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8b
Hic erit, hic iurata manet. rumpantur iniqui!

vicimus: adsiduas non tulit illa preces
falsa licet cupidus deponat gaudia livor :

destitit ire novas Cynthia nostra vias. illi carus ego et per me carissima Roma

dicitur, et sine me dulcia regna negat. illa vel angusto mecum requiescere lecto

30

27. Divided from the foregoing by Lipsius. No break in 0.

I, 8 b

Rhod. 4, 535-539: αμφι πόλιν cf. Hor. Sat. 1, 3, 135: miserque αγανήν Yλληίδα . “Yλλον, όν rumperis. ευειδής Μελίτη τέκεν Ηρακλής 28. adsiduas : 'importunate. dýpw Painkwy. — illa futura meast: - non tulit: since they were irshe is destined for me.'

resistible.

29. falsa: “groundless,' because based on a fear which is now

not to become fact. gaudia : The sequel to the preceding jealousy dotes on every opportupoem, written as soon as Proper- pity to gratify its passion. — livor : tius learns the successful result of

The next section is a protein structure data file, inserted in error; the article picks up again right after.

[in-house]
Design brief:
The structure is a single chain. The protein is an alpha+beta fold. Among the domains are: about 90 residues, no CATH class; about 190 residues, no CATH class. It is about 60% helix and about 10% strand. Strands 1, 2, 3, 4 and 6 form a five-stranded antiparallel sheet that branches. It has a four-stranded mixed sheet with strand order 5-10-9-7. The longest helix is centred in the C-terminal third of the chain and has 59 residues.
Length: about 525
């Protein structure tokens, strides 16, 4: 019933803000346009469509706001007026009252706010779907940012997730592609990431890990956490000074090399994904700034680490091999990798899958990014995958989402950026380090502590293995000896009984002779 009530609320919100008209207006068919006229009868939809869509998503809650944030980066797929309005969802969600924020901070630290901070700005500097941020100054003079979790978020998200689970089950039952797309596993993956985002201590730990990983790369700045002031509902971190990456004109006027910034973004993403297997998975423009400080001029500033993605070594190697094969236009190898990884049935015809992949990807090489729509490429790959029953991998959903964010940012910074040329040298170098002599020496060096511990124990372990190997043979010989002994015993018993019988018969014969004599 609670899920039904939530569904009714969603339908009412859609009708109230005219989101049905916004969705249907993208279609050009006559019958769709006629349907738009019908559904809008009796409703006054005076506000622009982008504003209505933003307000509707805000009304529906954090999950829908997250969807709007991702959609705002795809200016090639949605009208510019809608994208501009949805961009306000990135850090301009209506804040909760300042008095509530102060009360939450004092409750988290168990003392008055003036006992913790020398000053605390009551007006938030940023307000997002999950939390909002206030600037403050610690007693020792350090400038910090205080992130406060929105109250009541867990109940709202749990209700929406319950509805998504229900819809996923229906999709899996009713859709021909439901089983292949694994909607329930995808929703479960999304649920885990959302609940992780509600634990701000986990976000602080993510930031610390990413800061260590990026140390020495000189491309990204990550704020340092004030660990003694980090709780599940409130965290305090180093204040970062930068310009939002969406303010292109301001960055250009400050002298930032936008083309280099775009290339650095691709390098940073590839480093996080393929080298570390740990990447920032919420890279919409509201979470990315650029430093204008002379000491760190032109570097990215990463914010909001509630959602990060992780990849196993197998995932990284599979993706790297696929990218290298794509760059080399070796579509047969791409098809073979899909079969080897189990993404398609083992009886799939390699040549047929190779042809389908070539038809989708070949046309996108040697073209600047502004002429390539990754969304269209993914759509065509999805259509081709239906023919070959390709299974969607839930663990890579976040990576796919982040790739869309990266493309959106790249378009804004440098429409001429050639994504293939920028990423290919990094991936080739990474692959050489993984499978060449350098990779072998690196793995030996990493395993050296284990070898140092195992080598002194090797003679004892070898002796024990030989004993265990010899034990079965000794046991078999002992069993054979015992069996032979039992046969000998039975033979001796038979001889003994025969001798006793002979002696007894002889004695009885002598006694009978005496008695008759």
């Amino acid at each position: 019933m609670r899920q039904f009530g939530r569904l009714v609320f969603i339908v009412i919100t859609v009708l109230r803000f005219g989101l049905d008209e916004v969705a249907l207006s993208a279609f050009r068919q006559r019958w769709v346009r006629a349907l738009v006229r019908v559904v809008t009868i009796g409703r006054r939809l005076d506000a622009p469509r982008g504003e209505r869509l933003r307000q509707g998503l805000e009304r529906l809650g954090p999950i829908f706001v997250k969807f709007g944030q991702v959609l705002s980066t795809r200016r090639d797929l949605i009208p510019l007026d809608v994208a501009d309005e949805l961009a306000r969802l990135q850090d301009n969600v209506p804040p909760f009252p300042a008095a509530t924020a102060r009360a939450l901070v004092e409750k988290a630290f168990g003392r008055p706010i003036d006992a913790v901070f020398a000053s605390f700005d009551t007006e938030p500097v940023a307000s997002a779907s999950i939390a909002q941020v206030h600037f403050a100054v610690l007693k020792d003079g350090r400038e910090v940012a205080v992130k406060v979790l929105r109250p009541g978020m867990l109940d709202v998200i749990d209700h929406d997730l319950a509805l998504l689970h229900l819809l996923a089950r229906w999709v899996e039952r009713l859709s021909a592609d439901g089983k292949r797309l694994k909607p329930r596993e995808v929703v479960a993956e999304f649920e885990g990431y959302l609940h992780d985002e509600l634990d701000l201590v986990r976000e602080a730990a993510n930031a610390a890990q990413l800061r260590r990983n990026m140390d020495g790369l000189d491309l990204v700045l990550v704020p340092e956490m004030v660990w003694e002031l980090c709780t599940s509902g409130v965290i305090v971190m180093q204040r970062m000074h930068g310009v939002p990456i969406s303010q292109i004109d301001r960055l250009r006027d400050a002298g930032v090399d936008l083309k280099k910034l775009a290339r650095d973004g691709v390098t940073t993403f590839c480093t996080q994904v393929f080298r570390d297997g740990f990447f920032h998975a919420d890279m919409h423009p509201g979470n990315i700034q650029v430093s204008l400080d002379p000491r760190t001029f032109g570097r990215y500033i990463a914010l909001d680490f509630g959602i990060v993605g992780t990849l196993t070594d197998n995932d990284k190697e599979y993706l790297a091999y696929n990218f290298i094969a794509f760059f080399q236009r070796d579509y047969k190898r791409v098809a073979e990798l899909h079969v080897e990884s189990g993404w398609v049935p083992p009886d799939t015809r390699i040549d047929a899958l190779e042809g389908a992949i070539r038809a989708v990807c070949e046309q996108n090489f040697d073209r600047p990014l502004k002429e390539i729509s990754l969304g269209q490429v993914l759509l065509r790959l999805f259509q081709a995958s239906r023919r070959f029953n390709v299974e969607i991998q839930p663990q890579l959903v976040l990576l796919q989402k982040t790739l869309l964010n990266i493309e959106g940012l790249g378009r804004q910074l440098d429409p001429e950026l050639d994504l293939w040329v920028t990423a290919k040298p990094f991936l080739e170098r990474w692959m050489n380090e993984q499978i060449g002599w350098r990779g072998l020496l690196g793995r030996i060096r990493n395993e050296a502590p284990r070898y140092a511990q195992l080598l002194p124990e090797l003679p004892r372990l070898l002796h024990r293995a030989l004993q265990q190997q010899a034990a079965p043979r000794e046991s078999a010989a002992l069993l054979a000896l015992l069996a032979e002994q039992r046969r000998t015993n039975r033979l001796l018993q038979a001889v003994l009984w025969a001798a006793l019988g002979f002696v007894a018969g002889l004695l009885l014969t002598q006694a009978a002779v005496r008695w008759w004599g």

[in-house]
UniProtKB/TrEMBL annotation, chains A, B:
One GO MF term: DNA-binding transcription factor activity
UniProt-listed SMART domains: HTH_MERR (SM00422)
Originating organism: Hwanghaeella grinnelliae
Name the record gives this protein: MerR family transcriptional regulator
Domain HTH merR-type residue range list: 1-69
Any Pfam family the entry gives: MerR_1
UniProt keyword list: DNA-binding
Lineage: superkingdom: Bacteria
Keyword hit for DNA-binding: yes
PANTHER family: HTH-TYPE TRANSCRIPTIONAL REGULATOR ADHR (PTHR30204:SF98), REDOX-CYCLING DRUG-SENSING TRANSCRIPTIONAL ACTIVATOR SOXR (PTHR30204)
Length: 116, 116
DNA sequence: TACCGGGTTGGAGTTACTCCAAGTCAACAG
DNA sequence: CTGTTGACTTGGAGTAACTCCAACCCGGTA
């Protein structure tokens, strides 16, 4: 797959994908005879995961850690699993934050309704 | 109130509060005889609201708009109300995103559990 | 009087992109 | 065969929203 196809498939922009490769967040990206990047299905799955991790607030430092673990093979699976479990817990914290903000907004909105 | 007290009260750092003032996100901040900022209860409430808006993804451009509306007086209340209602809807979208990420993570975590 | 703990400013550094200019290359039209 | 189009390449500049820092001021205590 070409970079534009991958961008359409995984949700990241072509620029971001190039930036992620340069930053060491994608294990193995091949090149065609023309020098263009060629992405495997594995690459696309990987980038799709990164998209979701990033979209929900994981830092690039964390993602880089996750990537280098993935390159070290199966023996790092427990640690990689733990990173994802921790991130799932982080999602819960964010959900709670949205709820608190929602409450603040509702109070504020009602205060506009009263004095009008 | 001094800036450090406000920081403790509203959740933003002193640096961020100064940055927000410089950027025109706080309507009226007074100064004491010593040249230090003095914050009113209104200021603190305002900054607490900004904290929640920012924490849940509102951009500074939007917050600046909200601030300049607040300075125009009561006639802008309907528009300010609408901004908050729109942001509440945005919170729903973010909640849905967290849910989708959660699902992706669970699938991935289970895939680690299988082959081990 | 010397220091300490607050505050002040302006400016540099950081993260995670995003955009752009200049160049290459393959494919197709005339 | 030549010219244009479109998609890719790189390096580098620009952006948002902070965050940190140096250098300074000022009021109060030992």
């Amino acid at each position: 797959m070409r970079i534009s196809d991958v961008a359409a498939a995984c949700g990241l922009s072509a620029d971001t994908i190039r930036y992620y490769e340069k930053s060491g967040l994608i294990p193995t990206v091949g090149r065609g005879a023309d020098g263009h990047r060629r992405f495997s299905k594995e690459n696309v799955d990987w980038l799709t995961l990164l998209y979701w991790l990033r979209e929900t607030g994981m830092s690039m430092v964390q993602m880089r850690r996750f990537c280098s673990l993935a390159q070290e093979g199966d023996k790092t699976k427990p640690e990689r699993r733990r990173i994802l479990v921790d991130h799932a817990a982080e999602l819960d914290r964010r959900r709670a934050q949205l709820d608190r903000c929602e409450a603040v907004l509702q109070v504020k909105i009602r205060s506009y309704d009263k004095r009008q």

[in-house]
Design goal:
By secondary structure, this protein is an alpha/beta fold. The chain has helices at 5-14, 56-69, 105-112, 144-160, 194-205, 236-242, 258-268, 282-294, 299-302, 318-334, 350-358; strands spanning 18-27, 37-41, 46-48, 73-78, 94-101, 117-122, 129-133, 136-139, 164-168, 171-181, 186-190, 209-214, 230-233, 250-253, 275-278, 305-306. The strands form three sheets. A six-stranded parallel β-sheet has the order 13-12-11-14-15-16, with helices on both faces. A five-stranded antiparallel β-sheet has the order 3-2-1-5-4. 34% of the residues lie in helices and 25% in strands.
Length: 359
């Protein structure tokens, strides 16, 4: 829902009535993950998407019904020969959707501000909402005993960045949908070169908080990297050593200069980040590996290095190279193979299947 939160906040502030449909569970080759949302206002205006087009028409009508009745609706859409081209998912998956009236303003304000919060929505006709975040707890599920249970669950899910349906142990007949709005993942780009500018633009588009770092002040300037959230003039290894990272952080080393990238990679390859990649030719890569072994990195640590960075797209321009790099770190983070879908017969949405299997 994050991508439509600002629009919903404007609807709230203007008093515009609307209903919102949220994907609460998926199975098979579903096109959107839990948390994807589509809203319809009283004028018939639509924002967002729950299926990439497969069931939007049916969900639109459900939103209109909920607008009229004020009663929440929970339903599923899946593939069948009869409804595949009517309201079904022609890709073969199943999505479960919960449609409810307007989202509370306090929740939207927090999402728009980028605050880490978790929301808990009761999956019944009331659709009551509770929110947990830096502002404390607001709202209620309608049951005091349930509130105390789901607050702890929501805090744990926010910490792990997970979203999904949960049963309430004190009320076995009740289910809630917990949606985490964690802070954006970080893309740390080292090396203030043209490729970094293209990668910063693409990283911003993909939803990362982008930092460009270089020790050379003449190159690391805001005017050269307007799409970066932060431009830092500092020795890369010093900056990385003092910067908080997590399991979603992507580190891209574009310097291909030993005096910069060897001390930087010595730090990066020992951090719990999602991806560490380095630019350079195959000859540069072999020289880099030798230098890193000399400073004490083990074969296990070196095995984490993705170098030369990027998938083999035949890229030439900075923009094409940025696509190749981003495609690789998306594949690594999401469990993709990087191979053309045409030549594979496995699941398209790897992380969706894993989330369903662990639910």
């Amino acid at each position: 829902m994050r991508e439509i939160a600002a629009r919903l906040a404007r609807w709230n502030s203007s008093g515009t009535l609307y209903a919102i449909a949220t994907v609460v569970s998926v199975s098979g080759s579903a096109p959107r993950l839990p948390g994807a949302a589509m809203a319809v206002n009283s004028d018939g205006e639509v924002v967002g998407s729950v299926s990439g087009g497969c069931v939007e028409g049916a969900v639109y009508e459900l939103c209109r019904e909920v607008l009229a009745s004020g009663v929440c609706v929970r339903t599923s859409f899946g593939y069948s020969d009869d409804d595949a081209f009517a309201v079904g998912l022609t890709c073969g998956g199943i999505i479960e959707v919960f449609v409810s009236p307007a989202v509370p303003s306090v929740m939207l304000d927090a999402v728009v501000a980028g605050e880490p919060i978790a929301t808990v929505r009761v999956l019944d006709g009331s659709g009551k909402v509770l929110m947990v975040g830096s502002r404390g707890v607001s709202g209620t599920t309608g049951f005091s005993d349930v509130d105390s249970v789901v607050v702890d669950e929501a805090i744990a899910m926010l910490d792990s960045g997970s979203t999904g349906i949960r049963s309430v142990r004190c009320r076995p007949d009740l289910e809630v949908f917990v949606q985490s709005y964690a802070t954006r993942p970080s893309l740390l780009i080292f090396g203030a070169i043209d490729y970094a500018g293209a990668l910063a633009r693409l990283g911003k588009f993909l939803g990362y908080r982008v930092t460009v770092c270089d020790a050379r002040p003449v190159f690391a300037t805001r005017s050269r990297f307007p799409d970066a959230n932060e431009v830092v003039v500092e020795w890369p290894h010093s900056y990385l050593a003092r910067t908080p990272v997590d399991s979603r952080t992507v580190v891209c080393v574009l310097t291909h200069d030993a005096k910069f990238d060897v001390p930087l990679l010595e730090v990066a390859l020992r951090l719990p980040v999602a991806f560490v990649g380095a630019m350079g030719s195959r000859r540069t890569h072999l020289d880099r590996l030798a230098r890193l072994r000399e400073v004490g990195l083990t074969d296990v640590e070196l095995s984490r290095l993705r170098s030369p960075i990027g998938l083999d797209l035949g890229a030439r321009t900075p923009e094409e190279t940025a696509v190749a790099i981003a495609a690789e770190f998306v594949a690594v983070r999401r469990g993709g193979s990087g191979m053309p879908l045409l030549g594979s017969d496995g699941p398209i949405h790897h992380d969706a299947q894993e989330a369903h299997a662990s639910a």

Propertius gloats over the livor, as his petitions. 27-38: Victory! if it had a personal and separate Cynthia stays, and says she prefers existence. me to all that kings could give. 30. destitit : has given up her 39-42 : It was not by such offers purpose.'— nostra : emphatic. that she was won, but by my 31. ego: sc. dicor : note the potent verse. 43-46: Now she triumphant repetitions of the peris mine so long as life sball last.' sonal pronoun in these three

27. Hic ... hic: the emphasis in the first overjoyed exclamations 32. sine me : cf. v. 4. - dulcia : of delight is upon the thought that instead of wandering in the remote 33. angusto : it is the slenderand vague regions just mentioned ness of the circumstances of the in the preceding poem, she is to owner that the poet means to imbe here." - iurata: "she has ply. Cf. Sen. Thyestes, 452: taken her oath to.' Cf. v. 17 for scelera non intrant casas, tutusque the unrealized fear. – rumpantur : mensa capitur angusta cibus.

verses.

SC. esse.

35

et quocumque modo maluit esse mea,
quam sibi dotatae regnum vetus Hippodamiae,